Unclear what that says, if anything, about the investigation of that particular area, or anywhere else we just aren't aware of at this time.

KAGAN: Dana, thank you.

John King, back to you.

KING: Well, Daryn, when you were talking with Congressman Filner, he mentioned they had received notice that they were going to have an office-to-office search. In the past 15 minutes, I've received e-mails from two Congressmen aides in the Rayburn building, one whose office is on the third floor, another whose office is on the second floor.

Let me give you the description one of those aides gave me of what happened. They say the Capitol police have come and conducted the searches of their office, and they're going door to door down the hallway. One of the aides described it this way. They knocked on the door, entered with several armed offices. They around and told us to sit tight. They did not provide us with any additional information. They reminded us to lock the door. So a methodical search, as we've gone on in mentioning.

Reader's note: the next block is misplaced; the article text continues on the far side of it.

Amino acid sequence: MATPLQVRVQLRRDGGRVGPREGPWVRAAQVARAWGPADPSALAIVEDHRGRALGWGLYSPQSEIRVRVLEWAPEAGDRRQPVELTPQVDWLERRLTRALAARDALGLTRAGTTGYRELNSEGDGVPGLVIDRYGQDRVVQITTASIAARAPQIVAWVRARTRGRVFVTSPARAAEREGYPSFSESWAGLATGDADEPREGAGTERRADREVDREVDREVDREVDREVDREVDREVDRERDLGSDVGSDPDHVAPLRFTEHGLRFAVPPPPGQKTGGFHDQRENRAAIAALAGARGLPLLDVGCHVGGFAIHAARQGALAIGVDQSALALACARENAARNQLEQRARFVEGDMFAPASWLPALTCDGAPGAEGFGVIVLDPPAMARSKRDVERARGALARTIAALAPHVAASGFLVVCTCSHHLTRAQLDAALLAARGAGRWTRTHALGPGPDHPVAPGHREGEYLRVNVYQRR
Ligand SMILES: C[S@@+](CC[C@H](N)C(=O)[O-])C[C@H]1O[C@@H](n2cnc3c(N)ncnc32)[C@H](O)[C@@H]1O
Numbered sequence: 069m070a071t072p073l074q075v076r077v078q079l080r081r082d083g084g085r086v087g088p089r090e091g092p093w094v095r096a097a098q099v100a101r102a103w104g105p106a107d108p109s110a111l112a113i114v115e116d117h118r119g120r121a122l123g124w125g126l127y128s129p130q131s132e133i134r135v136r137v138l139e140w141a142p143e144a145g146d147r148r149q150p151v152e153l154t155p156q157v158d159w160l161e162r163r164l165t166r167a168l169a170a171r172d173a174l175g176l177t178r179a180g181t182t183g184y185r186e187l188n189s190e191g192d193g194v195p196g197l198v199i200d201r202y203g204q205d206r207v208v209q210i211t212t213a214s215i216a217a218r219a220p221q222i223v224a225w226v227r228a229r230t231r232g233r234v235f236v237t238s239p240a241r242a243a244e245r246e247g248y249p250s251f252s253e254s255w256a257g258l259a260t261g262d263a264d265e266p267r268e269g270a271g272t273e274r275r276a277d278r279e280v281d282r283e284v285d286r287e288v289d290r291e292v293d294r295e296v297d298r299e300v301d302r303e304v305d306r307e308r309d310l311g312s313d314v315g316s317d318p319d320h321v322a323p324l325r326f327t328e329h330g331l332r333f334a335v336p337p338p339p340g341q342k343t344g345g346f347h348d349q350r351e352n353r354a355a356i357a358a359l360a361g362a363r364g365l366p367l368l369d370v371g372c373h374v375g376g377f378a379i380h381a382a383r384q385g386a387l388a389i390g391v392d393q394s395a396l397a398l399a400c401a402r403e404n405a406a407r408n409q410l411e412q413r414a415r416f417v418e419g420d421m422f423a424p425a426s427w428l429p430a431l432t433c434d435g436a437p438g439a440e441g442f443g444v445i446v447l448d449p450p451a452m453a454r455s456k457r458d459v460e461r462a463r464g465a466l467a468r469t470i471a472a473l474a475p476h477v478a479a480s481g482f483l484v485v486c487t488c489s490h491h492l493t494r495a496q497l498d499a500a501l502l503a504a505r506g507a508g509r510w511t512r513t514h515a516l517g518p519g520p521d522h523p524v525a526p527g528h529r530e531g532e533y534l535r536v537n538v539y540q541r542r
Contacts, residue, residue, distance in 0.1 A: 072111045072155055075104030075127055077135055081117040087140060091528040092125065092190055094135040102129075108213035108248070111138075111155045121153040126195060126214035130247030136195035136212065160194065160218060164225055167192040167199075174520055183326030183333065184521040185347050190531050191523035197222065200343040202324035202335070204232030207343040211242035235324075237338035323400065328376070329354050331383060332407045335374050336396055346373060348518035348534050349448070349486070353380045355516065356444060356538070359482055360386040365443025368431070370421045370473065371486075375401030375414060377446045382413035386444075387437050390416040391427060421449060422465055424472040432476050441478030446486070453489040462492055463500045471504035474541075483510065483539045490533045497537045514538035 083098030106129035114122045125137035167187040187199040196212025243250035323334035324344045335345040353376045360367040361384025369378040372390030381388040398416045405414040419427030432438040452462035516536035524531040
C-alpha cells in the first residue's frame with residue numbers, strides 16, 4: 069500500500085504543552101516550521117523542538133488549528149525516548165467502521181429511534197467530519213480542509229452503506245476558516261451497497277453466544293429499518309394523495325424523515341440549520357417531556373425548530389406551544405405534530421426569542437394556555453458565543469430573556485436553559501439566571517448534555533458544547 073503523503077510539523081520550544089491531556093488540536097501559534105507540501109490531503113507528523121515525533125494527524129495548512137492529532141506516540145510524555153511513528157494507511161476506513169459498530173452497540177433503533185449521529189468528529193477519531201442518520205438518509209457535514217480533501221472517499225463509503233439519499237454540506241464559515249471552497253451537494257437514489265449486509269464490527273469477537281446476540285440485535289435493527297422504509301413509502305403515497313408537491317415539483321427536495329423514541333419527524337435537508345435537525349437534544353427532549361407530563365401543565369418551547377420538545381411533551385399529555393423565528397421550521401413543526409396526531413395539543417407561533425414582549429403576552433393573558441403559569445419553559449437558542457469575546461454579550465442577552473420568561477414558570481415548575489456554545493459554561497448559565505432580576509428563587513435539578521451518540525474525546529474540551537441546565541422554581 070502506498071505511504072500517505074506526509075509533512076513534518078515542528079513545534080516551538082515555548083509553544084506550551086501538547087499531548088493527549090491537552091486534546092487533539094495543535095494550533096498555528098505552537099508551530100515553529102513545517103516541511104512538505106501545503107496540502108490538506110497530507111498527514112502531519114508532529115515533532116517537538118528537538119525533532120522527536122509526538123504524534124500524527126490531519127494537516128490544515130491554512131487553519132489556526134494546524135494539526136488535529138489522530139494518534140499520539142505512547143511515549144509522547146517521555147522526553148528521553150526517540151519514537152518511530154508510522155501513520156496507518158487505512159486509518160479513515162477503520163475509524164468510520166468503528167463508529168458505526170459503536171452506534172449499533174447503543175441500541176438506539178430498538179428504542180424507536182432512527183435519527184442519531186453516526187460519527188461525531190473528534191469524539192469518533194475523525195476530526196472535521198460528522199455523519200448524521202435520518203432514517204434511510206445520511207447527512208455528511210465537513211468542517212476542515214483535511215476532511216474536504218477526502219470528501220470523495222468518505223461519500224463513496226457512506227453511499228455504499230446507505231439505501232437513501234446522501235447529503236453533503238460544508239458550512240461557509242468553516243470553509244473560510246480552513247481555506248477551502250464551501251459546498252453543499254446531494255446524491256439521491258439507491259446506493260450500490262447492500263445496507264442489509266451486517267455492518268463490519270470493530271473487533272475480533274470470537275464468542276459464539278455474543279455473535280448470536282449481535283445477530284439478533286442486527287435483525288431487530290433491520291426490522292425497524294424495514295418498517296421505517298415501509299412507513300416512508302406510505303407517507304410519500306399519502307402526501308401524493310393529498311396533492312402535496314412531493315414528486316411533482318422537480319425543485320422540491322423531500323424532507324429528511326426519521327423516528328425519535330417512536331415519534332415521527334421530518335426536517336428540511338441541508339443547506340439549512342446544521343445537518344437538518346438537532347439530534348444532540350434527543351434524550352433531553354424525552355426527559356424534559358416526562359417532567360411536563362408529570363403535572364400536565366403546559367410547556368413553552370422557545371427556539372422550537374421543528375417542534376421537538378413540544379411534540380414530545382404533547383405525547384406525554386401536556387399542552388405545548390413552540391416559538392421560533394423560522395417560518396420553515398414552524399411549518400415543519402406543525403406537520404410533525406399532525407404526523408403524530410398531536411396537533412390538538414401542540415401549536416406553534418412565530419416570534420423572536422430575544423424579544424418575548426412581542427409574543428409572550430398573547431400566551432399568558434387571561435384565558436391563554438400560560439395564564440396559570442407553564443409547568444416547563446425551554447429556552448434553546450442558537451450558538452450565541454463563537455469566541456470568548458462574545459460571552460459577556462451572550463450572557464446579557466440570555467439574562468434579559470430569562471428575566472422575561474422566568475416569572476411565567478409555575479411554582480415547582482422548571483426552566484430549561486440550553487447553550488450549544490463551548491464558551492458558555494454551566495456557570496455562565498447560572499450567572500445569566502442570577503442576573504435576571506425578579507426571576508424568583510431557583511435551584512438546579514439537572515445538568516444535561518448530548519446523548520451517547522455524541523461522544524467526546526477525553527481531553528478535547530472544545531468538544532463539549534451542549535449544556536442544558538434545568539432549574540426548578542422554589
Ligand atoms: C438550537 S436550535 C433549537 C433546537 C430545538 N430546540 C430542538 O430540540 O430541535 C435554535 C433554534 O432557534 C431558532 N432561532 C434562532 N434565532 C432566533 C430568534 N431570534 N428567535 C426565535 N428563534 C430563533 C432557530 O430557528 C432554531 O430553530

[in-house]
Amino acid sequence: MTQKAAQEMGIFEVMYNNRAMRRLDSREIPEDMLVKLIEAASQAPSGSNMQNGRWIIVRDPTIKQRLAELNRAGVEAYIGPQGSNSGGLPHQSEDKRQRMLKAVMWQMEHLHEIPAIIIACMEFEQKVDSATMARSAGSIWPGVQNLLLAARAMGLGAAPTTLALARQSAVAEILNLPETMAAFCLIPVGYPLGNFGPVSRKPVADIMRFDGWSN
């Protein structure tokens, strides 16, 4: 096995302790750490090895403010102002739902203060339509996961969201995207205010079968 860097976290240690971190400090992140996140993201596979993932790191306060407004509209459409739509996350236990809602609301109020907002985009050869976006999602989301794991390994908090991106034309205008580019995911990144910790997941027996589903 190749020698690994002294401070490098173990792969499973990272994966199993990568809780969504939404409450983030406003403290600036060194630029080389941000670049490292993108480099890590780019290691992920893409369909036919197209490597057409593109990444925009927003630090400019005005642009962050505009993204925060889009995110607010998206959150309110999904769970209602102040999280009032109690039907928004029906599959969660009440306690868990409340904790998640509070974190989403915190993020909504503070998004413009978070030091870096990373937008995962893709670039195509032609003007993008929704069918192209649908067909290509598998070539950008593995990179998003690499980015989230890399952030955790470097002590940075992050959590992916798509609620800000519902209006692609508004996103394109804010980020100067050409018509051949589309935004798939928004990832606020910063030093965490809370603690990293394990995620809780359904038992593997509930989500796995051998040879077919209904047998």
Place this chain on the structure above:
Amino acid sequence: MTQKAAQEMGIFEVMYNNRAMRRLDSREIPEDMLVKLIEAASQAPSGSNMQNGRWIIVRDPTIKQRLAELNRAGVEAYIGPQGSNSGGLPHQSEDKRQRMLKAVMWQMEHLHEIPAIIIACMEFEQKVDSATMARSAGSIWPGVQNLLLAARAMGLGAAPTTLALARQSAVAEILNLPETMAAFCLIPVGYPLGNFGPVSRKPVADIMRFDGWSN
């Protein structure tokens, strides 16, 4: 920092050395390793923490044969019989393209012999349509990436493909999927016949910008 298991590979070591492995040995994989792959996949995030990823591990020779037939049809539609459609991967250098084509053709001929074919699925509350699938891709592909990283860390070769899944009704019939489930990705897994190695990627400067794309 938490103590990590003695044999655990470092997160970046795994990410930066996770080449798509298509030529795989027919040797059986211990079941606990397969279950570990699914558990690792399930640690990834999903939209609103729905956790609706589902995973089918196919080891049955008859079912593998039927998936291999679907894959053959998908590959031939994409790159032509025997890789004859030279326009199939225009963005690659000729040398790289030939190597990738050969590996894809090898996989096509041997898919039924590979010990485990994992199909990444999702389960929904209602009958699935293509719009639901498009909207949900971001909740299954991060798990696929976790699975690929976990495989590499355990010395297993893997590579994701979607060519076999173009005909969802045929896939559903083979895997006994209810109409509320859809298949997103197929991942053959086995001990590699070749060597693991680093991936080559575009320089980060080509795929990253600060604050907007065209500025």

Again, there are 69 office suites for members of Congress in the Rayburn office building. There also are an additional number of committee rooms, some other obviously janitorial rooms, other rooms you would have in any office building. And we are now getting descriptions from people in the building that we talked earlier, that the investigation was focused in that three-level underground garage. We now know they are going, as the congressman noted and as these sources have told us, office to office to office looking --Daryn.

KAGAN: All right, John, thank you.

On the phone with me right now, I have John Tomszewski, the communications director for Curt Weldon.

John, thank you.


KAGAN: I'm good. I understand the office that you're in was just searched?


KAGAN: And what can you tell us what that search was?